Introducing Wound Innovations staff: Annabelle Bingley and Sarah Hylton – Registered Nurses
Tell us a little bit about your professional background?
Sarah and Annie met on the first day of their first clinical practice as undergraduate nurses at Queensland University of Technology (QUT) and have been friends and co-workers ever since. They both had the good fortune of working as assistant nurses at QUT’s Wound Clinic under the guidance of Dr Michelle Gibb, which is how their interest in wound care was started.
During their undergraduate years, Sarah and Annie went overseas with their nursing – to Samoa with the ORCHID charity foundation to help with renal access alongside Dr John Bingley, and to Taiwan with QUT’s short term mobility program to experience another culture and its delivery of healthcare.
Since graduating, Sarah and Annie have both worked on busy vascular surgery wards at large tertiary hospitals in Brisbane. Annie currently works as an agency nurse for First Choice Care and at the Mater Refugee Health Service, another area of health care she is interested in. They both started working at Wound Innovations in January 2017 and look forward to continuing their careers with a focus on chronic wound care.
Outside of work, Sarah and Annie have travelled together to Thailand and Peru, and enjoy going to see live music together and having puppy dates with their furry companions.
What attracted you to work at Wound Innovations?
Annie: My interest in wound care first sparked when I started working at the QUT’s Wound Clinic during my undergraduate degree, under the guidance of Dr Michelle Gibb. I enjoyed working alongside a myriad of professionals at the PAH, all who brought different experience and expertise, so when the opportunity came along to work in a multidisciplinary wound clinic I jumped at the chance.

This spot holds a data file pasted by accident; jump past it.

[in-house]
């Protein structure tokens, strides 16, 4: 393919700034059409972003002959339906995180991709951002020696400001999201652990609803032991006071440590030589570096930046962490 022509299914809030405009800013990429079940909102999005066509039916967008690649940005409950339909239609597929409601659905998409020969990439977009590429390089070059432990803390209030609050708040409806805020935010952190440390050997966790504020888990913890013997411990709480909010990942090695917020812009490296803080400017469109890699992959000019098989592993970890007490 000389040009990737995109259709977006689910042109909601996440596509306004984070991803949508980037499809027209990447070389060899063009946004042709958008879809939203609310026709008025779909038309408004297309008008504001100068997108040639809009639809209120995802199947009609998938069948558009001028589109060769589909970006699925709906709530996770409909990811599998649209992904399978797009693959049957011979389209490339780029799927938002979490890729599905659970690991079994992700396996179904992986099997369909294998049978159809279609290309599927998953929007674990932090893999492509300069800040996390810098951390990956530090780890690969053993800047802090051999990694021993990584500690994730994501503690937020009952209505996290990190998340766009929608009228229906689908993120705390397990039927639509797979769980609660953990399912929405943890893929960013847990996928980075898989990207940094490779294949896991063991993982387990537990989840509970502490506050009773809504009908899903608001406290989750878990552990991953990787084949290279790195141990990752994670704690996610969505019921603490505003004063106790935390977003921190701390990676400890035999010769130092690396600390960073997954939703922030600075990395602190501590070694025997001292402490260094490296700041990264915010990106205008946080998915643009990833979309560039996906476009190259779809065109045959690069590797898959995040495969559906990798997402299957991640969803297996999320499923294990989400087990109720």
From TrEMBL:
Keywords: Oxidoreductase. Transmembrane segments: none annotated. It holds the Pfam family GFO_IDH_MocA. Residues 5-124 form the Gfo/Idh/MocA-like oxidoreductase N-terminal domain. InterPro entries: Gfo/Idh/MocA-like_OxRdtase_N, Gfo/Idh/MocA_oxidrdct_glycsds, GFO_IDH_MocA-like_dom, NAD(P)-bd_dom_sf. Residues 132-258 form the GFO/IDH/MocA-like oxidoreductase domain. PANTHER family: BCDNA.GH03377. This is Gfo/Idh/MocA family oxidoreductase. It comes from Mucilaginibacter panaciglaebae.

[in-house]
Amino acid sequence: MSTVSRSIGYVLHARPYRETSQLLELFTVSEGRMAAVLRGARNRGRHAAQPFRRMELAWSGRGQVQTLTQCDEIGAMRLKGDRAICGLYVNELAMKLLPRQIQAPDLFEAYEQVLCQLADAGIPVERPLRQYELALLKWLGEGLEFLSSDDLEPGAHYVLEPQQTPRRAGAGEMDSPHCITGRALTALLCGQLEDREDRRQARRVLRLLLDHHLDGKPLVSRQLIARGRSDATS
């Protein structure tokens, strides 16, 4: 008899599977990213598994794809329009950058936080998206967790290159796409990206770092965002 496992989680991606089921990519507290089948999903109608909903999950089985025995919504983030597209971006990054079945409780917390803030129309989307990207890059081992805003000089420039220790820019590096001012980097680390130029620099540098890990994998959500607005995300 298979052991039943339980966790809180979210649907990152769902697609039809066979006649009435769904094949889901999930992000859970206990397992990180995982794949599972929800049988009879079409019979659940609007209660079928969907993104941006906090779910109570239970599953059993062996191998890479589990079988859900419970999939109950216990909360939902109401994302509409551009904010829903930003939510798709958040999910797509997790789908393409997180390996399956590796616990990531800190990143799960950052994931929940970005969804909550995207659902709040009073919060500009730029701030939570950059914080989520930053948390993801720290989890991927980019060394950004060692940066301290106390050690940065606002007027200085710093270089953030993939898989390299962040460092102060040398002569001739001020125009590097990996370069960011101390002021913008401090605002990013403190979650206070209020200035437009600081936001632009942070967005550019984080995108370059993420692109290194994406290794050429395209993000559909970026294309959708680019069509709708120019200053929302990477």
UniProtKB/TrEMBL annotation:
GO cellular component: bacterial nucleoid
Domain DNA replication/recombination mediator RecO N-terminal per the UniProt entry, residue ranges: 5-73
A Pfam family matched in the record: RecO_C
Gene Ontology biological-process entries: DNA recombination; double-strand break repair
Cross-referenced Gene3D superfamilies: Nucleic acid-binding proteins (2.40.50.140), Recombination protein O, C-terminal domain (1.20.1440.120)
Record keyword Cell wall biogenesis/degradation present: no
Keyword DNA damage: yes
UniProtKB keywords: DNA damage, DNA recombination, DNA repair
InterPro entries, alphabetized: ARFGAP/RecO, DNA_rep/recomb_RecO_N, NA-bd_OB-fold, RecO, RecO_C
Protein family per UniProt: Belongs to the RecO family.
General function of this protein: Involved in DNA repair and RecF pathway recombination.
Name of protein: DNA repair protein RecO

Sarah: I was really attracted to the idea of being part of a new and developing service, and excited by the potential I saw to make a real impact on patient outcomes. At Wound Innovations I have been able to be a part of the decision making process and part of the patient’s journey.
What is your favourite aspect of working for WI?
Annie: My favourite aspect of working at Wound Innovations leads on from the last point of working in a multidisciplinary team. I love the different perspectives each discipline brings to the bigger picture of the patient and their wound. Working cohesively with a team like that helps us all become better, more knowledgeable practitioners. Importantly, and something that is stressed by Wound Innovations, we centre our care around the most important member of the multidisciplinary team – the patient. Making sure the patient has agency within the team helps us build achievable goals and keeps the focus on the patient, which is the whole reason we’re here!
Sarah: My favourite aspect of working at Wound Innovations is the independence, autonomy and empowerment that I continue to gain through working with such an incredible and cohesive team. I really feel like I get to engage not only with the patients and their families but with their health providers, which allows holistic care to be achieved.
If you could give one piece of advice to your clients, what would it be?
Annie: You are the most important part of the wound care team. Without your participation and engagement things will never progress – always ask questions and advocate for your health, you should feel empowered to make decisions and be part of the conversation.
Sarah: Having a chronic wound is such a widespread problem. I really want all of our clients to know that even though having a chronic wound can feel all-consuming at times, they should not feel defined by their wound and they are not alone in this journey.
What’s one thing about you not many people know?!
Annie: I have an almost fanatical devotion to the band Radiohead / I want to be a professional sign painter / I play in a band called Papperbok.
Sarah: I am big Agatha Christie fan – my cat is named Miss Marple, and my puppy is named Captain Hastings!